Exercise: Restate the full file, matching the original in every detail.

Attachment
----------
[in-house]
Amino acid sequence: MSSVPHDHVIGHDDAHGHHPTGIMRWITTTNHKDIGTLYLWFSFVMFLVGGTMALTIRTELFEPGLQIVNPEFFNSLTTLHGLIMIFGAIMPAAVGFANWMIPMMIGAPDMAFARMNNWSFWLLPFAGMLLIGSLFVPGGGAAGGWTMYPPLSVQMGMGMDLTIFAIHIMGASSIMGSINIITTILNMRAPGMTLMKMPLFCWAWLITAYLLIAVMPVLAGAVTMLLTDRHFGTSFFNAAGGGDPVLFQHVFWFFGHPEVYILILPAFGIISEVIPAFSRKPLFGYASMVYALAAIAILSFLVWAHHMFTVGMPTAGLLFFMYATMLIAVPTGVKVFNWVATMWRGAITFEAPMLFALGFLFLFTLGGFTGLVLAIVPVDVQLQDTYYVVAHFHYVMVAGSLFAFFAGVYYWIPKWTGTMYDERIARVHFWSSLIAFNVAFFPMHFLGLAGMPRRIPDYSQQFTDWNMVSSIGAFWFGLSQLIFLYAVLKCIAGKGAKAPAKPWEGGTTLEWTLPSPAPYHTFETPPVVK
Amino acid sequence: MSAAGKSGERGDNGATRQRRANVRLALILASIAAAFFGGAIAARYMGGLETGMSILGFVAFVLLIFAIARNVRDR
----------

[in-house]
Amino acid sequence: MSSVPHDHVIGHDDAHGHHPTGIMRWITTTNHKDIGTLYLWFSFVMFLVGGTMALTIRTELFEPGLQIVNPEFFNSLTTLHGLIMIFGAIMPAAVGFANWMIPMMIGAPDMAFARMNNWSFWLLPFAGMLLIGSLFVPGGGAAGGWTMYPPLSVQMGMGMDLTIFAIHIMGASSIMGSINIITTILNMRAPGMTLMKMPLFCWAWLITAYLLIAVMPVLAGAVTMLLTDRHFGTSFFNAAGGGDPVLFQHVFWFFGHPEVYILILPAFGIISEVIPAFSRKPLFGYASMVYALAAIAILSFLVWAHHMFTVGMPTAGLLFFMYATMLIAVPTGVKVFNWVATMWRGAITFEAPMLFALGFLFLFTLGGFTGLVLAIVPVDVQLQDTYYVVAHFHYVMVAGSLFAFFAGVYYWIPKWTGTMYDERIARVHFWSSLIAFNVAFFPMHFLGLAGMPRRIPDYSQQFTDWNMVSSIGAFWFGLSQLIFLYAVLKCIAGKGAKAPAKPWEGGTTLEWTLPSPAPYHTFETPPVVK
Amino acid sequence: MSAAGKSGERGDNGATRQRRANVRLALILASIAAAFFGGAIAARYMGGLETGMSILGFVAFVLLIFAIARNVRDR